A Guide to Choosing the Perfect Handheld Computer for Your Practice


Philippe L. Bedard, B.Arts, Sc, Fourth Year Medical Student.
Feisal A. Adatia, MSc, Fourth Year Medical Student.

Increasingly, physicians are turning to handheld computers for a variety of applications in their medical practices. For physicians interested in purchasing their first handheld computer or upgrading their existing model, this brief article introduces some important considerations.

Operating System
Although there are many different manufacturers of handheld computers, most handheld devices run on two operating systems (OS): Palm OS or Microsoft Pocket PC (formerly Windows CE). To determine which OS is most suitable, you should take into account which platform your colleagues are using to facilitate information exchange. The Palm OS is the current industry leader. Recently, Pocket PC has made significant market inroads with the release of more inexpensive models. In the medical arena, there are far more medical software titles designed for the Palm OS; however, many new medical programs are compatible with the Pocket PC as well.

The Pocket PC interfaces with MS Word and Excel out of the box. Files created in Microsoft applications on a desktop computer can easily be transferred back and forth with a Pocket PC. Most Palm OS devices come bundled with Documents to Go, a software program that allows you to work with Word and Excel files without the loss of fonts. Both platforms synchronise with Outlook for the popular functions of scheduling, contacts and to-do-lists.

Processor Speed, Memory and Expansion Support
The speed of the processor determines how quickly a handheld is able to retrieve information. Only recently have Palm OS handhelds started to use the faster processors that power Pocket PC devices. The fastest Palm OS devices run OS version 5.0. A handheld computer's internal RAM memory is akin to the hard drive of a personal computer. Palm OS handhelds offer either 8 or 16MB of internal RAM memory. Generally, this amount of memory is sufficient to support all of the personal information management programs on Palm OS devices, including calendar, to-do-list and datebook, along with one or two more space-intensive medical reference tools, such as pharmacopoeias and electronic textbooks. Newer models of Pocket PCs feature 32 or 64 MB of internal RAM. It is difficult to compare processor speeds and memory across these two platforms because the Pocket PC platform is more resource-hungry.

Many newer handheld models allow users to increase the storage capacity through expansion memory cards. Expandable Palm OS devices offer expansion slots that allow users to add an additional 8-256MB of expansion memory to their devices. However, of the current Palm OS devices, only select high-end Sony CLIE devices have dual expansion slots. There are several Pocket PC models that offer dual expandability, such as the inexpensive Dell Axim and various Toshiba models. Both Palm OS and Pocket PC handhelds are compatible with many peripheral add-on devices through their expansion slots, including digital cameras and full-size keyboards.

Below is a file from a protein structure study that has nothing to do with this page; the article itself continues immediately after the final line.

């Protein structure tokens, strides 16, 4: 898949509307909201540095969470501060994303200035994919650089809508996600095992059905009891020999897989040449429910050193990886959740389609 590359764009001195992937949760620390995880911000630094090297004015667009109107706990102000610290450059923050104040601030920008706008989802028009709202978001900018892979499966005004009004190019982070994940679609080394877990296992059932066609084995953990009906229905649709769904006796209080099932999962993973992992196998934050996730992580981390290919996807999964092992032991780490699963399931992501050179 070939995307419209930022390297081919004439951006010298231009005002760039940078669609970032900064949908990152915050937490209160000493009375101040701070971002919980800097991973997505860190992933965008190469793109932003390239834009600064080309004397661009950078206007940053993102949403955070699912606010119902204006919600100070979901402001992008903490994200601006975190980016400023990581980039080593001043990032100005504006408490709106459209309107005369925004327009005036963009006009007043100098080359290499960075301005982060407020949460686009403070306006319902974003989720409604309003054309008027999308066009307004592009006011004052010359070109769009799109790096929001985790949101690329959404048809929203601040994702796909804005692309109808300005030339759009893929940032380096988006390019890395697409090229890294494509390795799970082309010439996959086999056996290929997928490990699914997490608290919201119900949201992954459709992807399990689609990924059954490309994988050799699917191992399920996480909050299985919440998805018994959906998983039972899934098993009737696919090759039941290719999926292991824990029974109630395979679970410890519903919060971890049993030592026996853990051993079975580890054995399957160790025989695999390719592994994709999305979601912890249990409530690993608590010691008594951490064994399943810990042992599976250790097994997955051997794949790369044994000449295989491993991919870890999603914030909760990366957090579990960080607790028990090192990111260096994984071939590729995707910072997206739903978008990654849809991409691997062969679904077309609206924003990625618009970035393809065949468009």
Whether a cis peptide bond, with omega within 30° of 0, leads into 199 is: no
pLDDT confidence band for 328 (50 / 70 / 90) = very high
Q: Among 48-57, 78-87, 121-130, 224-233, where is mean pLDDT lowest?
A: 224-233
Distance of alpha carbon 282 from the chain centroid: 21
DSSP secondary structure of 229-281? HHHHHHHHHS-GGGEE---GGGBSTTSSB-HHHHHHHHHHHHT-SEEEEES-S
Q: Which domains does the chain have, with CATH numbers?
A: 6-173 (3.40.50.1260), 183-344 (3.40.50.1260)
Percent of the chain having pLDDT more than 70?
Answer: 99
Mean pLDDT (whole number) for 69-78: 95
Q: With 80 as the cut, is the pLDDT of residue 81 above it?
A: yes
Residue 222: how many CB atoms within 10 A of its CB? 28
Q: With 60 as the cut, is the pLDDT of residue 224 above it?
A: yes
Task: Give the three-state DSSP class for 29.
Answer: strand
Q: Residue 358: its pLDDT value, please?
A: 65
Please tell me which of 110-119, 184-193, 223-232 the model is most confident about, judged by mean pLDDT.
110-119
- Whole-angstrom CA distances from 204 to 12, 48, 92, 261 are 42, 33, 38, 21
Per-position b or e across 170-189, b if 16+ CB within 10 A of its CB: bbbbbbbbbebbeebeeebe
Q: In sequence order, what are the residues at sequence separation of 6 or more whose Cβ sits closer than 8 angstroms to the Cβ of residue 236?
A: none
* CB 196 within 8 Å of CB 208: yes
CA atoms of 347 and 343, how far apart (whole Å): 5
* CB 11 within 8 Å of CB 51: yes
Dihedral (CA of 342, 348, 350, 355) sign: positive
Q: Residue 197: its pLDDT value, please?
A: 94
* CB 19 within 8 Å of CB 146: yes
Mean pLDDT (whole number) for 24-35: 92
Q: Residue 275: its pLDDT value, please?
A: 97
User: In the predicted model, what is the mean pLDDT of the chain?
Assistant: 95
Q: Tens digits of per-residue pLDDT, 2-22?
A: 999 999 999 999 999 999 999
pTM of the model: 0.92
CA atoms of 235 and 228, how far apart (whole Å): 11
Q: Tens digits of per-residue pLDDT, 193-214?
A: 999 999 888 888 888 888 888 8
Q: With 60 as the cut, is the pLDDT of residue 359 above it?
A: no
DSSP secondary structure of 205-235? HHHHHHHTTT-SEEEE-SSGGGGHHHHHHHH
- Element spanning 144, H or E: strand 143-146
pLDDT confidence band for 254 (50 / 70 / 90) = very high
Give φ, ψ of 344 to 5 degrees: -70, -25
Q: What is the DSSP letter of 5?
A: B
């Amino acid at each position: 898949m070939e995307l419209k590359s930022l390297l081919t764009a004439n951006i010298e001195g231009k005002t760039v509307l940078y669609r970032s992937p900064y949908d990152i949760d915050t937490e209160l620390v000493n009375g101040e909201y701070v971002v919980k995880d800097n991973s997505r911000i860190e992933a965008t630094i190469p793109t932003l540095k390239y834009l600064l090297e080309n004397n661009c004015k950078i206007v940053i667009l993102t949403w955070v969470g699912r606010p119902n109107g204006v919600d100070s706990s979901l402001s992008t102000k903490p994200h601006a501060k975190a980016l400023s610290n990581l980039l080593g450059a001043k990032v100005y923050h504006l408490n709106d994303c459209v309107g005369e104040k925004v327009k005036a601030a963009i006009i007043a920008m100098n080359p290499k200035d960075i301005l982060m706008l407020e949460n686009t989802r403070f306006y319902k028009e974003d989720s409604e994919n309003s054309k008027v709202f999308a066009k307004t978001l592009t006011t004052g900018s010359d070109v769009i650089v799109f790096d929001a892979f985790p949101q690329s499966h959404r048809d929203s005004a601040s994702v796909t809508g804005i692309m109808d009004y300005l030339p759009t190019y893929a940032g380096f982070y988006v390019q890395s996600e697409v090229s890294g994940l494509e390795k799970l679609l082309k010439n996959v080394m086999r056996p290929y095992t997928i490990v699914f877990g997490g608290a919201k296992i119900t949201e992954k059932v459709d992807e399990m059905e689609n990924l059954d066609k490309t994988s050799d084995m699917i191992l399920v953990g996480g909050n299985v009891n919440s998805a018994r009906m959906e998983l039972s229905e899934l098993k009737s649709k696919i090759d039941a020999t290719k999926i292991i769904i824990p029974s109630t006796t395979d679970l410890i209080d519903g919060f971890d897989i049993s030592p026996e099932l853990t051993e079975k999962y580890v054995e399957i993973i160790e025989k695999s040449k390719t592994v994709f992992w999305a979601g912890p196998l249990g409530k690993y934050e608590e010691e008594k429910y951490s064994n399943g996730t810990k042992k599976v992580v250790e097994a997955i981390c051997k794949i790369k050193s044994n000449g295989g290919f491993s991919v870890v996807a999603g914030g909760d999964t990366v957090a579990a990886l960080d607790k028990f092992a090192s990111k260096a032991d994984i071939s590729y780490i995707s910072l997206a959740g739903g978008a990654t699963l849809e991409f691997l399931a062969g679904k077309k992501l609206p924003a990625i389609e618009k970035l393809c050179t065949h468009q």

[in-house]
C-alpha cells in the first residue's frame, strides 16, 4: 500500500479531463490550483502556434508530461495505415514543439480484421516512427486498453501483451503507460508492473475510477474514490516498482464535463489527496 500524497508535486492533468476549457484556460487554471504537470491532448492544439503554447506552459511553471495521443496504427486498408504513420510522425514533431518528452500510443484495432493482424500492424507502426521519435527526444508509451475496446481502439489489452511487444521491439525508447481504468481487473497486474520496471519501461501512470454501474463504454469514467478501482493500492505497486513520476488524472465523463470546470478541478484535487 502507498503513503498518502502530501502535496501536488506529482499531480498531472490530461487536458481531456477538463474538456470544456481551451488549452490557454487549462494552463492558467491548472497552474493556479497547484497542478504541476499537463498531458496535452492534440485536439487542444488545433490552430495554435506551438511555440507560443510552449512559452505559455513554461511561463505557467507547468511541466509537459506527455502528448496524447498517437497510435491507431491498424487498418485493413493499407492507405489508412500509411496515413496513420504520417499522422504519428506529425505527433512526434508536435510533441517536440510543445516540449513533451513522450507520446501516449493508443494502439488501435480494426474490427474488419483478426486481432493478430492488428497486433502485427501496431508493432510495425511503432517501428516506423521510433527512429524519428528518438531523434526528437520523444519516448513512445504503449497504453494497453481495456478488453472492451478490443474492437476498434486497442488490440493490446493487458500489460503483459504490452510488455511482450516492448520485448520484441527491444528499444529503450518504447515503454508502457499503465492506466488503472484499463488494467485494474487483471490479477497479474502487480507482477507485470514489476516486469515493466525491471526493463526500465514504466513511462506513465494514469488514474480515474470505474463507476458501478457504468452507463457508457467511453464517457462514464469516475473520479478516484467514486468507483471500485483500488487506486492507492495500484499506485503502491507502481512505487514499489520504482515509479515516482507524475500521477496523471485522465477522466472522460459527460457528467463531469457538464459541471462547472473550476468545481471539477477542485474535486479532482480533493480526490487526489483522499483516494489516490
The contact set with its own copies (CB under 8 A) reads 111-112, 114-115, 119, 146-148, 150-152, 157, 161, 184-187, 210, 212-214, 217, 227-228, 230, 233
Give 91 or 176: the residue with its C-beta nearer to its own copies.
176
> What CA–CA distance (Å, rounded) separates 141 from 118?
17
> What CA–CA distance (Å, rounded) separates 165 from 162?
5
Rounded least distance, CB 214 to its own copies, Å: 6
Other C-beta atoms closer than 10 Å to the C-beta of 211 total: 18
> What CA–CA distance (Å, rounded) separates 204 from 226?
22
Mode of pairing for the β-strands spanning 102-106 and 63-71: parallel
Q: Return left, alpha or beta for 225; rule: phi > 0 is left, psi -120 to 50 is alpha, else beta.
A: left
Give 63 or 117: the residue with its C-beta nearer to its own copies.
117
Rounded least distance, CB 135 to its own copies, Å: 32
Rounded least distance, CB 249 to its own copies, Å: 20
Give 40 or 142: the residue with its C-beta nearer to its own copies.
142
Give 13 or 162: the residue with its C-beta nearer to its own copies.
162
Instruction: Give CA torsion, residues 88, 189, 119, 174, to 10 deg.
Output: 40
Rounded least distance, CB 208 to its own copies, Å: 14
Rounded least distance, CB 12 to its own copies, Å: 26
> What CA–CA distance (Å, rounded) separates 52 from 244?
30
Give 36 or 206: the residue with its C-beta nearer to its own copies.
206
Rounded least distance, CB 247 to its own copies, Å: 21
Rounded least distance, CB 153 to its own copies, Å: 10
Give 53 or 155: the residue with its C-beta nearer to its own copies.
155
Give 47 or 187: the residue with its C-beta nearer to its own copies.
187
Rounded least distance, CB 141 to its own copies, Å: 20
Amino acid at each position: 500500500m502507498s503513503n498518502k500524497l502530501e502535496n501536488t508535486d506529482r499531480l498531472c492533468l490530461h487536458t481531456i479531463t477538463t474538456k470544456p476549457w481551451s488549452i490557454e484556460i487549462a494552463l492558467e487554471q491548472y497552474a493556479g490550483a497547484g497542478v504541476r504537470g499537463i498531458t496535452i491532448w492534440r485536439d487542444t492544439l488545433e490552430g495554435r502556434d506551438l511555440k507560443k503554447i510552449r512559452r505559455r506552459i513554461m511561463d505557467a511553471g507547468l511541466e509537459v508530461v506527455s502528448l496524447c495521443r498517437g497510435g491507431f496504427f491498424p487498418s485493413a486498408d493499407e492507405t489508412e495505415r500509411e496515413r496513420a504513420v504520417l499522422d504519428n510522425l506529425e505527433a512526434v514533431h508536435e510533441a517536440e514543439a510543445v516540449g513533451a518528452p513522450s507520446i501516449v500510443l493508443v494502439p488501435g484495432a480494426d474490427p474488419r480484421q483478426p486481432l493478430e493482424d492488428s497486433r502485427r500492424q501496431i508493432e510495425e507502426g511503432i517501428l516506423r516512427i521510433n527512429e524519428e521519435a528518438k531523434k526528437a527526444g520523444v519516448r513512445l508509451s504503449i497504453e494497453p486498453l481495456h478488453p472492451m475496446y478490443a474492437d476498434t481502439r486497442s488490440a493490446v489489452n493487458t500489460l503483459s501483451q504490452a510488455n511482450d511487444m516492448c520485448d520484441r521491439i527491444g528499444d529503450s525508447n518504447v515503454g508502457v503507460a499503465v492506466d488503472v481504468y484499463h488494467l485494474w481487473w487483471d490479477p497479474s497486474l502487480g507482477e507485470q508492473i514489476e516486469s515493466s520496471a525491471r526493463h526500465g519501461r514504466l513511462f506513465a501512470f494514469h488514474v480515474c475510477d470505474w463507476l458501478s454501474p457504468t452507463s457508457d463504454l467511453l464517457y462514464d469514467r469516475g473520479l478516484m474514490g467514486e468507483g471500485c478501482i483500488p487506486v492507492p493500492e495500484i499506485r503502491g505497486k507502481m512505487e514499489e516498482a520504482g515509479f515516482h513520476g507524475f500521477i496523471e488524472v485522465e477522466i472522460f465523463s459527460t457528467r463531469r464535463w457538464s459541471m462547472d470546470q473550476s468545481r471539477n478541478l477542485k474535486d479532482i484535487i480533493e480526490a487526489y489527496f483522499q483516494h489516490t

Size and Weight
Generally, Palm OS handhelds tend to be thinner and lighter than Pocket PCs. Some of the new and more popular Palm OS devices, such as the Sony T series and the Palm's Tungsten T, are small and light enough to fit comfortably into a shirt pocket. However, some multimedia Palm OS devices which also house built-in digital cameras, are larger. The new HP iPac H1910 is the smallest of the Pocket PC family.

Palm handhelds feature either a monochrome or colour screen. However, not all monochrome screens are identical; some offer much sharper resolution that makes for easier reading of text. Similarly, like digital cameras, colour handhelds differ in the number of colours that are supported and the screen resolution. Currently, Palm OS handheld screens range from 160X160 pixels to 320x480 pixels. All Pocket PC devices feature a colour screen with resolution of 320x240 pixels. If you plan to use your handheld to read a lot of text or to view graphics, it may be worthwhile to invest in a higher-end resolution model.

Input Methods and Convergence Features
Handspring's Treo and the Sony CLIE TG50 and N series are Palm OS devices with built-in thumb-boards which are an alternative to stylus-driven data input. High-end Palm handhelds offer MP3 playback and voice recording features that are standard on all Pocket PCs. Phone-hybrids, Internet and e-mail functions and digital cameras also are available on some models of Palm OS and Pocket PC devices.

In summary, a clear understanding of your handheld needs should guide your decision-making. If all that you require is quick and simple calendaring, reminders and contact management, then an inexpensive Palm OS handheld should suffice. If you foresee your handheld as a medical information resource at the point of care, look to an expandable Palm OS device or a low-end Pocket PC. Finally, if you have greater multimedia demands, desire a colour screen, and would like to play MP3s, watch video clips or edit digital pictures, then consider Palm OS 5 devices or a new Pocket PC.